- Inject 30,000U heparin into 1,000 ml normal saline. Label bag, and hang it on the IV pole.
- Place cardiotomy reservoir in holder.
- Open cell recovery pack, record lot #, and place bowl in centrifuge.
- Hang waste bag and attach line from bowl outlet (save caps).
- Place color-coated tubing in the corresponding clamps and attach the blue line to collection bag. Close two small clamps on the drain lines from the collection bag. Attach a Pall transfusion filter and transfer bag to the outlet of one of the drain lines.
- Attach adapter line to the bottom of the cardiotomy reservoir and connect red line from the bowl inlet.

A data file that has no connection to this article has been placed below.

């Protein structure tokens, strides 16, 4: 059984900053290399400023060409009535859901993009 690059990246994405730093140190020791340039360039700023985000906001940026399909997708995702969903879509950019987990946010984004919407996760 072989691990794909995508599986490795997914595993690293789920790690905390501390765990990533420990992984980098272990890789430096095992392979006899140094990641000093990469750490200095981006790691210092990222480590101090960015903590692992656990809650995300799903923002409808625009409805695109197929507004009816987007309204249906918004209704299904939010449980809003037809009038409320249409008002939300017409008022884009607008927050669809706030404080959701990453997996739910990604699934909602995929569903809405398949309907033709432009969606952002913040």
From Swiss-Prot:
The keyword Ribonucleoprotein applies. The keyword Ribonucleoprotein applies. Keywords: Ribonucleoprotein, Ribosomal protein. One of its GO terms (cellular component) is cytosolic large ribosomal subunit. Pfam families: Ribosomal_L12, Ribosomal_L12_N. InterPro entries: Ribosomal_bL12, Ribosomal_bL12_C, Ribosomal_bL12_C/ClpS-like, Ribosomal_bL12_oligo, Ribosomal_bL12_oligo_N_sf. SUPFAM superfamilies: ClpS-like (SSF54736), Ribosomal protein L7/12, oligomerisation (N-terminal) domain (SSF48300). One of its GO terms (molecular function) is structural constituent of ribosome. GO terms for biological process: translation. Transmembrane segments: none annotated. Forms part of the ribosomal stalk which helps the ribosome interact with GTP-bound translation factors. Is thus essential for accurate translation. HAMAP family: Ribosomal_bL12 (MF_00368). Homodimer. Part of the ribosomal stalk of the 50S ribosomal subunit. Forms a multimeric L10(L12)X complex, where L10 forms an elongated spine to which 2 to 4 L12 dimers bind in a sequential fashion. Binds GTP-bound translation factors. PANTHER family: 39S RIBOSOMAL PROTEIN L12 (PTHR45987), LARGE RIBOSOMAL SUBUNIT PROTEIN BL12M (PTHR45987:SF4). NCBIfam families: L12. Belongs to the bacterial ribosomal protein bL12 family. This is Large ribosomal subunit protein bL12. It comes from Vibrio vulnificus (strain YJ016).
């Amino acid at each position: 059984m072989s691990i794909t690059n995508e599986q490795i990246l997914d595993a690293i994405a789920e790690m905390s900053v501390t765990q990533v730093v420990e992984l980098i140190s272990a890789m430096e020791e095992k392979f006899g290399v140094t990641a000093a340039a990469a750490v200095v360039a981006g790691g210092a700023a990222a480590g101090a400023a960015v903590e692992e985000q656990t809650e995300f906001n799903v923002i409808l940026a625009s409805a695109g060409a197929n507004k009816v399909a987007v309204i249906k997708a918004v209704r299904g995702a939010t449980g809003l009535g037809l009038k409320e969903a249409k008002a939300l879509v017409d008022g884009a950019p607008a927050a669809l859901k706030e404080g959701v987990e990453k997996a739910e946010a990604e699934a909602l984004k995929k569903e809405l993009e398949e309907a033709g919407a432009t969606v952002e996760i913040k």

- Attach the yellow line to the 3L normal saline irrigation bag.
- Turn on the device and check operation of all the systems, i.e., computer function, bowl spin and pump operation.
- Open sterile suction assembly and pass suction tubing to scrub nurse, or give it to circulating nurse to pass to the sterile field. When the suction line is passed off to the sterile field, connect to the left ¼” inlet of the cardiotomy reservoir and suction source of-150mmHg.
- Prime the suction line and cardiotomy reservoir with 100ml of the heparin solution, and regulate the heparin drip to 60 drops/min for routine surgery; increase during periods of rapid blood loss.
Fill bowl in automatic mode, wash with 1,000ml normal saline in automatic mode, and after washing empty bowl into the collection bag. Drain by gravity into a transfer bag. Label with a patient sticker. In addition, note blood volume, date of collection, and expiration time that is 6h from collection time on the sticker. The time and volume of this collected blood should be recorded on the patient’s transfusion record.